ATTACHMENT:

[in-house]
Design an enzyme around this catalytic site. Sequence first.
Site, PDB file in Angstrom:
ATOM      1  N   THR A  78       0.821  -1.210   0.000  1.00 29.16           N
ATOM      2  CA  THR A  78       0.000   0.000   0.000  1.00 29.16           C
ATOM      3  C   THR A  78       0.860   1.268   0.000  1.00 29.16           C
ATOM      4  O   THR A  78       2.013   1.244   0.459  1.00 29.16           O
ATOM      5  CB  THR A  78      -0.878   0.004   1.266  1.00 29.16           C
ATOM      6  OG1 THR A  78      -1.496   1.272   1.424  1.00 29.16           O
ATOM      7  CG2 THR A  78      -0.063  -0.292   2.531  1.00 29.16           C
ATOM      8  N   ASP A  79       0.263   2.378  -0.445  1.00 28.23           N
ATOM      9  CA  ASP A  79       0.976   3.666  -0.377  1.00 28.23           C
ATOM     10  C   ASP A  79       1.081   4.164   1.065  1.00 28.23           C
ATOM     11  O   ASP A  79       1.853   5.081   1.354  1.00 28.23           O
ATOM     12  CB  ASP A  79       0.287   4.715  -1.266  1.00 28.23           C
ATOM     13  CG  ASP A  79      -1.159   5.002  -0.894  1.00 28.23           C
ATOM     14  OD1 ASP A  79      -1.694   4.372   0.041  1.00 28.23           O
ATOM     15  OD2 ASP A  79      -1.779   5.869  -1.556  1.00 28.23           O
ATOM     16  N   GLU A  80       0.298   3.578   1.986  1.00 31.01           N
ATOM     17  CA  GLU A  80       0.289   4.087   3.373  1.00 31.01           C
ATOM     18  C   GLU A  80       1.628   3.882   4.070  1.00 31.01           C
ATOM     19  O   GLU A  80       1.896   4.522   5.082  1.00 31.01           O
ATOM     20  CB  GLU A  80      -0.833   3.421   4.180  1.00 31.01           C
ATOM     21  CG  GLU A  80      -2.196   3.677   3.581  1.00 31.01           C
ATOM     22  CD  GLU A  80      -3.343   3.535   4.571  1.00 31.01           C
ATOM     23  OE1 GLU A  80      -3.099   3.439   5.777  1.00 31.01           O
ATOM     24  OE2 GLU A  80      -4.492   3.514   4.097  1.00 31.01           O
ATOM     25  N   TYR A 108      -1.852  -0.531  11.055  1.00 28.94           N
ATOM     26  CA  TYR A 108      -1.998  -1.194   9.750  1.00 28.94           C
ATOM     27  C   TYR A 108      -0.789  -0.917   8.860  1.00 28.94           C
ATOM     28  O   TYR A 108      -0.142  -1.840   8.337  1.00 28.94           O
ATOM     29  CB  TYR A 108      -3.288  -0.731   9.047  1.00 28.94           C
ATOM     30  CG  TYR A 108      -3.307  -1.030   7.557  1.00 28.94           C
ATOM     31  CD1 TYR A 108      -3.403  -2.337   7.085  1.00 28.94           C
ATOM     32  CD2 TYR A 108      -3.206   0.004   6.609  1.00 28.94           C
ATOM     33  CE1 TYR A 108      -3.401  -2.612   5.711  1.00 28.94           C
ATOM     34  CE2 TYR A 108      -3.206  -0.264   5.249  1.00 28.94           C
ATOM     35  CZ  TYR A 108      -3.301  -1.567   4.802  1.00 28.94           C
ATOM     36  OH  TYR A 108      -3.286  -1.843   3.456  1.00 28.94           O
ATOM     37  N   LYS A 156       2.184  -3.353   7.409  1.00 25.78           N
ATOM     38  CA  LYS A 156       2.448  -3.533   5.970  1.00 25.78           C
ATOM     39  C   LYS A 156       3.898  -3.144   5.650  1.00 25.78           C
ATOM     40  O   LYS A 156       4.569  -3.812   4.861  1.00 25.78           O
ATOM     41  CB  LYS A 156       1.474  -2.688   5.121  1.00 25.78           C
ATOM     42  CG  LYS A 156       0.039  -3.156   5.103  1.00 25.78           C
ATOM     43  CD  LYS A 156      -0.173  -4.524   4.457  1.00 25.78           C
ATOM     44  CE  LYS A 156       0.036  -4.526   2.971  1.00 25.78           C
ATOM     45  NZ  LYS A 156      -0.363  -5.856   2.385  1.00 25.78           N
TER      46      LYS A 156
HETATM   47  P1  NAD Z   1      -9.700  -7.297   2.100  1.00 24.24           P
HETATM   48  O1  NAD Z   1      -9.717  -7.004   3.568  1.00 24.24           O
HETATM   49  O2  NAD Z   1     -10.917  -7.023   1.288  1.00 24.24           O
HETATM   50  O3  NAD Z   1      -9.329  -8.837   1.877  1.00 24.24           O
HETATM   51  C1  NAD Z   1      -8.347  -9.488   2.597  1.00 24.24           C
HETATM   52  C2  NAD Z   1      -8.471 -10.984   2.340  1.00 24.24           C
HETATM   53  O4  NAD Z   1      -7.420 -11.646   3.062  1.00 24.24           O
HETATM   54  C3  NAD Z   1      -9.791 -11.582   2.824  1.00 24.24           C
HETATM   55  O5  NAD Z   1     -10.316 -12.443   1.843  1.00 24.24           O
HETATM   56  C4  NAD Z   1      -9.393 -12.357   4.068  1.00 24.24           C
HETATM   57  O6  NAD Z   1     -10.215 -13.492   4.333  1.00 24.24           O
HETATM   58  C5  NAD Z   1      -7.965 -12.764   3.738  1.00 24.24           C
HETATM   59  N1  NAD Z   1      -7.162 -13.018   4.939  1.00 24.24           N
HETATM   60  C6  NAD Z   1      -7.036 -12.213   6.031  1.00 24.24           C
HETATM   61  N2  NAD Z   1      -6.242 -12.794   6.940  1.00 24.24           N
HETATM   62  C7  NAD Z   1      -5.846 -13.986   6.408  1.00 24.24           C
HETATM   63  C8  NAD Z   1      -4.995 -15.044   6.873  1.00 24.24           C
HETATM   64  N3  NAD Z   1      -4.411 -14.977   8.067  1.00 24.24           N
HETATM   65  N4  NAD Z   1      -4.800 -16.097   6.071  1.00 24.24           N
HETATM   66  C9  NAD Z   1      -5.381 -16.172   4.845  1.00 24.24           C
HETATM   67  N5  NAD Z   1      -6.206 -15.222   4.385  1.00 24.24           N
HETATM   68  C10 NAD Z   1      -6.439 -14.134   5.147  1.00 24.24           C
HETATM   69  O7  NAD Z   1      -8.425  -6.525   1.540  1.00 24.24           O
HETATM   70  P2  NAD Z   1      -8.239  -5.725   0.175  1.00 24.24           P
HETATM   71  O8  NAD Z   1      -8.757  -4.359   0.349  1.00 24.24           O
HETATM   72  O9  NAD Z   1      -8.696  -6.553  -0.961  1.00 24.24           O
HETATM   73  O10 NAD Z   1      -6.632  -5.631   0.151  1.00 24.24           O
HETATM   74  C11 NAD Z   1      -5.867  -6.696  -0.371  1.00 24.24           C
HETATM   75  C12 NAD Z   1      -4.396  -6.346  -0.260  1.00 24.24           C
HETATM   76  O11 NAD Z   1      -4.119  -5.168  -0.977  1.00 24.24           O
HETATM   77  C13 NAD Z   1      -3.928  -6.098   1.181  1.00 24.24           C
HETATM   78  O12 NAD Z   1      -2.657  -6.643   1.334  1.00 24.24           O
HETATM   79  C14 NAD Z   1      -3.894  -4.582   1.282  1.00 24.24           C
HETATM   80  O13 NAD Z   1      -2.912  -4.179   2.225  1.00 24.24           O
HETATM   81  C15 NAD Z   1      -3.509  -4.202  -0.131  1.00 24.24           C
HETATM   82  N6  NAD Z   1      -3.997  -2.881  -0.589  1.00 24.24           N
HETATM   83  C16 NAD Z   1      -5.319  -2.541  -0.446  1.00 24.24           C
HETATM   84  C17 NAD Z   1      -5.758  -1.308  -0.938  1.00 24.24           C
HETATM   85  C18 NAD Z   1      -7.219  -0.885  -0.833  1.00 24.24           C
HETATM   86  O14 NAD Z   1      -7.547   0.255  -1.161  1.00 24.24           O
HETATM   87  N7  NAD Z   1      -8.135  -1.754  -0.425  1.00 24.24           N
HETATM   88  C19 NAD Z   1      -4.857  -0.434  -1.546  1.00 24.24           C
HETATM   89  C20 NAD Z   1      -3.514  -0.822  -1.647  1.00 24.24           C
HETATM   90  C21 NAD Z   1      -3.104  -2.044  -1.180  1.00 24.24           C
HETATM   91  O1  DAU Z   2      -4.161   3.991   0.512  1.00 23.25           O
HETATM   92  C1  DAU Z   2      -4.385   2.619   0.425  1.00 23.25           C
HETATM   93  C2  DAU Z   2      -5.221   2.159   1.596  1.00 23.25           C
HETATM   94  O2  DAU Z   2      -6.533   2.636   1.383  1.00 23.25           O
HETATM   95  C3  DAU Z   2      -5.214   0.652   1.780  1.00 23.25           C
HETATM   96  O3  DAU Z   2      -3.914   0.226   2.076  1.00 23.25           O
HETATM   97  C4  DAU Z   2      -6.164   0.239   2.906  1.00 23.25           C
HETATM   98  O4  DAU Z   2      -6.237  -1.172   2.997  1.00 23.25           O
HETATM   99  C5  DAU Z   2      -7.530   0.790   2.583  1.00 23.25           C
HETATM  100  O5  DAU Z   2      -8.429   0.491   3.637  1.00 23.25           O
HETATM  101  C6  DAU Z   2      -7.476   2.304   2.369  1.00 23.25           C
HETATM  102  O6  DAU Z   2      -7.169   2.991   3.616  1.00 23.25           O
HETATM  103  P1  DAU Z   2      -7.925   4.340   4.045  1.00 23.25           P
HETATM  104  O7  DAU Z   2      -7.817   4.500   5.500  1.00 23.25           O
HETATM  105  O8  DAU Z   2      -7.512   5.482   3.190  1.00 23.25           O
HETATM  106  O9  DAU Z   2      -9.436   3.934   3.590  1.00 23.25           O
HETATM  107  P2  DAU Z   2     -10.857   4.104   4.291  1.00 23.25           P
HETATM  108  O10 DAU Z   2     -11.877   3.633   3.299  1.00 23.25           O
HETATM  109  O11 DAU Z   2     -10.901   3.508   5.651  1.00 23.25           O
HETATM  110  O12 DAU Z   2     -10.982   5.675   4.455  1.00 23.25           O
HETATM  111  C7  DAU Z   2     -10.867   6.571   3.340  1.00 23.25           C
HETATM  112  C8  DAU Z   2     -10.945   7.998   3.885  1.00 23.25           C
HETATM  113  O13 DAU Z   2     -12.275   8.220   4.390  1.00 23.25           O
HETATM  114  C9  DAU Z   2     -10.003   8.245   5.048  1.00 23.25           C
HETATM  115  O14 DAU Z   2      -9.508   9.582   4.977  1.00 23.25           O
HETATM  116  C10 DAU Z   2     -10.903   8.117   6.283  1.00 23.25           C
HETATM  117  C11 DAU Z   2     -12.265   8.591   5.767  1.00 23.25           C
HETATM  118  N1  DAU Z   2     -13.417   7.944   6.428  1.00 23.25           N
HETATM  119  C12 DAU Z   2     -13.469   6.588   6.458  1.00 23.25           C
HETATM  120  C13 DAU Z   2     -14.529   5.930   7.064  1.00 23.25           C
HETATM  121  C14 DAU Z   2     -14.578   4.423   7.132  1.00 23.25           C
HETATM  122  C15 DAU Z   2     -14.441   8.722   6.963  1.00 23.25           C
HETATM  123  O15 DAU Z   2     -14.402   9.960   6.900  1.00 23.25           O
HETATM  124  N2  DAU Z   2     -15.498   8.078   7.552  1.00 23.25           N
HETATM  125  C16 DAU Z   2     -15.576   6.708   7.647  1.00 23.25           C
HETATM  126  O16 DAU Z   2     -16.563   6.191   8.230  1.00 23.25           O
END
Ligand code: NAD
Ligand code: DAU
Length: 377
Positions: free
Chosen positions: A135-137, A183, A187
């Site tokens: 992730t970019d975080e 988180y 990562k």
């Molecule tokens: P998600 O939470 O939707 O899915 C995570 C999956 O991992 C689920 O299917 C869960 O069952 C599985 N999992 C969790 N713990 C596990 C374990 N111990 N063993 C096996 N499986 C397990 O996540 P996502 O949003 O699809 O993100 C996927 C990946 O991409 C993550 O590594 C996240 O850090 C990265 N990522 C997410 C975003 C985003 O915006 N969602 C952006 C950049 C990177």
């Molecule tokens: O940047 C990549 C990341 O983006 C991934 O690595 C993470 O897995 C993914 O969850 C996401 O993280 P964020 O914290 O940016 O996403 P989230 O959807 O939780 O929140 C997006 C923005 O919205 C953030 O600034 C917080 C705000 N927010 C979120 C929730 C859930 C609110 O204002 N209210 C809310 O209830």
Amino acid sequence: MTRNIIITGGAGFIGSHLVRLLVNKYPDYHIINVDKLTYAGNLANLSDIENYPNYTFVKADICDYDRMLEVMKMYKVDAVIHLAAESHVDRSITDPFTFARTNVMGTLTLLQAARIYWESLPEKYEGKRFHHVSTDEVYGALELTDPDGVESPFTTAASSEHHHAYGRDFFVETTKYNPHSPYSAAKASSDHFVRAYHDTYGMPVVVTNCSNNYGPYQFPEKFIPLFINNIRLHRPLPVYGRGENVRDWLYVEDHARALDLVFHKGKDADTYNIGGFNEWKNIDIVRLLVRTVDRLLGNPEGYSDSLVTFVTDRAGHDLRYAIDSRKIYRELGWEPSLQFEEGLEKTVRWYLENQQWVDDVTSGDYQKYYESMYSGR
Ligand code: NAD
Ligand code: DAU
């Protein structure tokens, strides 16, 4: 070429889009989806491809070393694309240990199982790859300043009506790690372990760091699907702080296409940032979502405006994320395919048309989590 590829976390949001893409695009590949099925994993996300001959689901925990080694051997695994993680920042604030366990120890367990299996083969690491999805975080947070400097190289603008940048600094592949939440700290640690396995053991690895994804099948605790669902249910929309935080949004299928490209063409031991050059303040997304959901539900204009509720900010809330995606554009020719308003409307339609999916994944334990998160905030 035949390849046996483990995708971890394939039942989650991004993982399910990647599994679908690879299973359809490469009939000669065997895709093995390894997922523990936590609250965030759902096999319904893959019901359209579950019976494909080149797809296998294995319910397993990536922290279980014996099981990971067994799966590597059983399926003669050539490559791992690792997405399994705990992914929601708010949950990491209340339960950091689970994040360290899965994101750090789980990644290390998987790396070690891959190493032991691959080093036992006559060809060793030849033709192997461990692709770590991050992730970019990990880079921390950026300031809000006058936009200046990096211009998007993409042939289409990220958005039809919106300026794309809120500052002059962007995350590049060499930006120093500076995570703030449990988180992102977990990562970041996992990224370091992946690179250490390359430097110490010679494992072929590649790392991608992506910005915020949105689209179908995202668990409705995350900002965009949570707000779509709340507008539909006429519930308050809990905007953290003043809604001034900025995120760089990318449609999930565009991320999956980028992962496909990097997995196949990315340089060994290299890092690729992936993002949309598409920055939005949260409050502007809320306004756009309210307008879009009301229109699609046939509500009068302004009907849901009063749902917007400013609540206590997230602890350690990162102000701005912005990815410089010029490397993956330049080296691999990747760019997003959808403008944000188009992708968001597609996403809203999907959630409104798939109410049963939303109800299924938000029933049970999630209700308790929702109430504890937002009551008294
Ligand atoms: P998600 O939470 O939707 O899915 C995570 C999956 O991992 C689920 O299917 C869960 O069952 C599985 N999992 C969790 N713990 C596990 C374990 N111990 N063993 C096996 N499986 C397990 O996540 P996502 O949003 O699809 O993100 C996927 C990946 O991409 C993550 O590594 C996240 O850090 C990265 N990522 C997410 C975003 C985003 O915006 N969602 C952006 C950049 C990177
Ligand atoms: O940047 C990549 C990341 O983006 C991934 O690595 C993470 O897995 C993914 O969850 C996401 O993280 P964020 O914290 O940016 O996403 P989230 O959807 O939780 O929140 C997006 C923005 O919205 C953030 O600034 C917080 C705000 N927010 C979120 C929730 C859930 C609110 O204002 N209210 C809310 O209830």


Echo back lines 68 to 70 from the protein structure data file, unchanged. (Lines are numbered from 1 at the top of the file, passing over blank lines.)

HETATM   65  N4  NAD Z   1      -4.800 -16.097   6.071  1.00 24.24           N
HETATM   66  C9  NAD Z   1      -5.381 -16.172   4.845  1.00 24.24           C
HETATM   67  N5  NAD Z   1      -6.206 -15.222   4.385  1.00 24.24           N